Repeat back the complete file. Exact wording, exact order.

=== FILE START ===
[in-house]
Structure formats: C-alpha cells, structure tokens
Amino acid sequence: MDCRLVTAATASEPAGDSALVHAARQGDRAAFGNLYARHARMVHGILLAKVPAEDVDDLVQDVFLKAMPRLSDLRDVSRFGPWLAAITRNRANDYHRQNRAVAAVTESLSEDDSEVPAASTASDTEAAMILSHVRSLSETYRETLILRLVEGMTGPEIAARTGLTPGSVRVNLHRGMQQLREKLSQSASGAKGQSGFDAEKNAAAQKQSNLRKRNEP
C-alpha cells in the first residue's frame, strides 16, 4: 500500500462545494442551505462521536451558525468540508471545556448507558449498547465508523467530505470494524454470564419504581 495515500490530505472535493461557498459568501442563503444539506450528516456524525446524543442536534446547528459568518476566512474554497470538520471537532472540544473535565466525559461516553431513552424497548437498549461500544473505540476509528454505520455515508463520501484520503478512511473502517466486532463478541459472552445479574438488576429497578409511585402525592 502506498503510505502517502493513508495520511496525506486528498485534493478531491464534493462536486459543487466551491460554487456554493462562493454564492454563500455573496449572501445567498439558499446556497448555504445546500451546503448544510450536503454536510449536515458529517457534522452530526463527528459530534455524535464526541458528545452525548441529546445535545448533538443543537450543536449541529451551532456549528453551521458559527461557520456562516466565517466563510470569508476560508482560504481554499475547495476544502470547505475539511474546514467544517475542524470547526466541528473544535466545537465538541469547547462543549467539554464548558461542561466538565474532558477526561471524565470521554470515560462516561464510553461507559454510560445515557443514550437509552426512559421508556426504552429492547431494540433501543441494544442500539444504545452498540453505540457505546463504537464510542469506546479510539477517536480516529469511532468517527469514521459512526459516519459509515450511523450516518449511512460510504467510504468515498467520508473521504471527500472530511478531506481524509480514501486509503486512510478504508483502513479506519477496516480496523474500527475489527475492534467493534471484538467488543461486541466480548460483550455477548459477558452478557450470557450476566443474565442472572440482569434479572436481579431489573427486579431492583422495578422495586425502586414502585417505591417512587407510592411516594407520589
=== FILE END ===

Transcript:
[in-house]
Structure formats: C-alpha cells, structure tokens
Amino acid sequence: MDCRLVTAATASEPAGDSALVHAARQGDRAAFGNLYARHARMVHGILLAKVPAEDVDDLVQDVFLKAMPRLSDLRDVSRFGPWLAAITRNRANDYHRQNRAVAAVTESLSEDDSEVPAASTASDTEAAMILSHVRSLSETYRETLILRLVEGMTGPEIAARTGLTPGSVRVNLHRGMQQLREKLSQSASGAKGQSGFDAEKNAAAQKQSNLRKRNEP
C-alpha cells in the first residue's frame, strides 16, 4: 500500500462545494442551505462521536451558525468540508471545556448507558449498547465508523467530505470494524454470564419504581 495515500490530505472535493461557498459568501442563503444539506450528516456524525446524543442536534446547528459568518476566512474554497470538520471537532472540544473535565466525559461516553431513552424497548437498549461500544473505540476509528454505520455515508463520501484520503478512511473502517466486532463478541459472552445479574438488576429497578409511585402525592 502506498503510505502517502493513508495520511496525506486528498485534493478531491464534493462536486459543487466551491460554487456554493462562493454564492454563500455573496449572501445567498439558499446556497448555504445546500451546503448544510450536503454536510449536515458529517457534522452530526463527528459530534455524535464526541458528545452525548441529546445535545448533538443543537450543536449541529451551532456549528453551521458559527461557520456562516466565517466563510470569508476560508482560504481554499475547495476544502470547505475539511474546514467544517475542524470547526466541528473544535466545537465538541469547547462543549467539554464548558461542561466538565474532558477526561471524565470521554470515560462516561464510553461507559454510560445515557443514550437509552426512559421508556426504552429492547431494540433501543441494544442500539444504545452498540453505540457505546463504537464510542469506546479510539477517536480516529469511532468517527469514521459512526459516519459509515450511523450516518449511512460510504467510504468515498467520508473521504471527500472530511478531506481524509480514501486509503486512510478504508483502513479506519477496516480496523474500527475489527475492534467493534471484538467488543461486541466480548460483550455477548459477558452478557450470557450476566443474565442472572440482569434479572436481579431489573427486579431492583422495578422495586425502586414502585417505591417512587407510592411516594407520589